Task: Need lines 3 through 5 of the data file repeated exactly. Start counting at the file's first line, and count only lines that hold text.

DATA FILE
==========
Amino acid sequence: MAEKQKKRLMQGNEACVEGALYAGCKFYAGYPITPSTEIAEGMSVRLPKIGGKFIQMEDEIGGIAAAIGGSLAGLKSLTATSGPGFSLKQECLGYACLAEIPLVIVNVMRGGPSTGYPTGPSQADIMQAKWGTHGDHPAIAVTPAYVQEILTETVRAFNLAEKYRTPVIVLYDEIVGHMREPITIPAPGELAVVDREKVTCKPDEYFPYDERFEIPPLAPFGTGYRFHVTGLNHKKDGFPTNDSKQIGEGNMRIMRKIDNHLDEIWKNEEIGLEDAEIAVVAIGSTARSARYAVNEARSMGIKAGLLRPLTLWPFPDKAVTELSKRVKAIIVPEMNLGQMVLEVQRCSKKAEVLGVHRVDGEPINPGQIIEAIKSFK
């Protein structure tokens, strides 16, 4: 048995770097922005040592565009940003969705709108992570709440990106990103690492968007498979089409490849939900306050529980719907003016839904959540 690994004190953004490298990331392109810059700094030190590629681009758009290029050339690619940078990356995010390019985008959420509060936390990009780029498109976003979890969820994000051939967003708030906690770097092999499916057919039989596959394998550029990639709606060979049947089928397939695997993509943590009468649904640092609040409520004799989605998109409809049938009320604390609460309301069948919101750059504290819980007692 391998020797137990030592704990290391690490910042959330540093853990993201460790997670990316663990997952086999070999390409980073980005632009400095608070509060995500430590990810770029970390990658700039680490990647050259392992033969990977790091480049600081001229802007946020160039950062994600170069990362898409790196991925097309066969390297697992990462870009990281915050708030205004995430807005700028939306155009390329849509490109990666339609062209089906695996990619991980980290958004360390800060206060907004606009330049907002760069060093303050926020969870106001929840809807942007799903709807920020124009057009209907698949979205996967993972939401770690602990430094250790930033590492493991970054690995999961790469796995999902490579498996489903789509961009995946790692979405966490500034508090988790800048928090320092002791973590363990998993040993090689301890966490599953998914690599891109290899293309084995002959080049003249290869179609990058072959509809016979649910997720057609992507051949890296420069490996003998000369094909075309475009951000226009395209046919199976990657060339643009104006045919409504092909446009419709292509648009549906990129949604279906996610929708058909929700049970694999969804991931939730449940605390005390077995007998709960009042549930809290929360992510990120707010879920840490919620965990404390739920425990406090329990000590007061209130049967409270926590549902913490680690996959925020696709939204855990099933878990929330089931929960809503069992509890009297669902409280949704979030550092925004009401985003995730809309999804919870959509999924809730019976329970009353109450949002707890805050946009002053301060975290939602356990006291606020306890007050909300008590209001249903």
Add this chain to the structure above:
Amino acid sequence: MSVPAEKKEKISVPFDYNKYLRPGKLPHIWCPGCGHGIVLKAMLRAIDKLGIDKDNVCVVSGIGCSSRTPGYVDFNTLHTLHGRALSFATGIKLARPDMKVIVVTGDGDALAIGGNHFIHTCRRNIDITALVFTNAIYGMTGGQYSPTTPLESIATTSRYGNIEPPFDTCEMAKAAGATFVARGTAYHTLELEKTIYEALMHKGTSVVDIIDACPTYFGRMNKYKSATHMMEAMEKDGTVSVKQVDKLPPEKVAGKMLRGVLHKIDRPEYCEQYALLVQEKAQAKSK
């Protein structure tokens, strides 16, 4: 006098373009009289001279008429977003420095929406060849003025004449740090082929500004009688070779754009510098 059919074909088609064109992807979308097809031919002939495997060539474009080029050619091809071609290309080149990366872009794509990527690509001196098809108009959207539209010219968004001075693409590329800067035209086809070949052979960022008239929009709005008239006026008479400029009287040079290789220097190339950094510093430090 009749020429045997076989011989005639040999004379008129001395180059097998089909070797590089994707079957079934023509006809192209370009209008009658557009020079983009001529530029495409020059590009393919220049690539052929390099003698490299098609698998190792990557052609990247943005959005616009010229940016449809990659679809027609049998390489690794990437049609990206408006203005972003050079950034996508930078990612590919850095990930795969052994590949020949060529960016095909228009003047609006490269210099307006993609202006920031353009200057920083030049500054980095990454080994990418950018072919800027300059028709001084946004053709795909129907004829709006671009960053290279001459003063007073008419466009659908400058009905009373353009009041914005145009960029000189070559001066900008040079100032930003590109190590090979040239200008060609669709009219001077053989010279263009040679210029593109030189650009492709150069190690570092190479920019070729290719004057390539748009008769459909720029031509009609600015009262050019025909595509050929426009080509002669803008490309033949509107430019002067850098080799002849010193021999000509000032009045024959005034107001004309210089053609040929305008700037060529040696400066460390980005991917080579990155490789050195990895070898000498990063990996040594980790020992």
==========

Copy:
Add this chain to the structure above:
Amino acid sequence: MSVPAEKKEKISVPFDYNKYLRPGKLPHIWCPGCGHGIVLKAMLRAIDKLGIDKDNVCVVSGIGCSSRTPGYVDFNTLHTLHGRALSFATGIKLARPDMKVIVVTGDGDALAIGGNHFIHTCRRNIDITALVFTNAIYGMTGGQYSPTTPLESIATTSRYGNIEPPFDTCEMAKAAGATFVARGTAYHTLELEKTIYEALMHKGTSVVDIIDACPTYFGRMNKYKSATHMMEAMEKDGTVSVKQVDKLPPEKVAGKMLRGVLHKIDRPEYCEQYALLVQEKAQAKSK
């Protein structure tokens, strides 16, 4: 006098373009009289001279008429977003420095929406060849003025004449740090082929500004009688070779754009510098 059919074909088609064109992807979308097809031919002939495997060539474009080029050619091809071609290309080149990366872009794509990527690509001196098809108009959207539209010219968004001075693409590329800067035209086809070949052979960022008239929009709005008239006026008479400029009287040079290789220097190339950094510093430090 009749020429045997076989011989005639040999004379008129001395180059097998089909070797590089994707079957079934023509006809192209370009209008009658557009020079983009001529530029495409020059590009393919220049690539052929390099003698490299098609698998190792990557052609990247943005959005616009010229940016449809990659679809027609049998390489690794990437049609990206408006203005972003050079950034996508930078990612590919850095990930795969052994590949020949060529960016095909228009003047609006490269210099307006993609202006920031353009200057920083030049500054980095990454080994990418950018072919800027300059028709001084946004053709795909129907004829709006671009960053290279001459003063007073008419466009659908400058009905009373353009009041914005145009960029000189070559001066900008040079100032930003590109190590090979040239200008060609669709009219001077053989010279263009040679210029593109030189650009492709150069190690570092190479920019070729290719004057390539748009008769459909720029031509009609600015009262050019025909595509050929426009080509002669803008490309033949509107430019002067850098080799002849010193021999000509000032009045024959005034107001004309210089053609040929305008700037060529040696400066460390980005991917080579990155490789050195990895070898000498990063990996040594980790020992």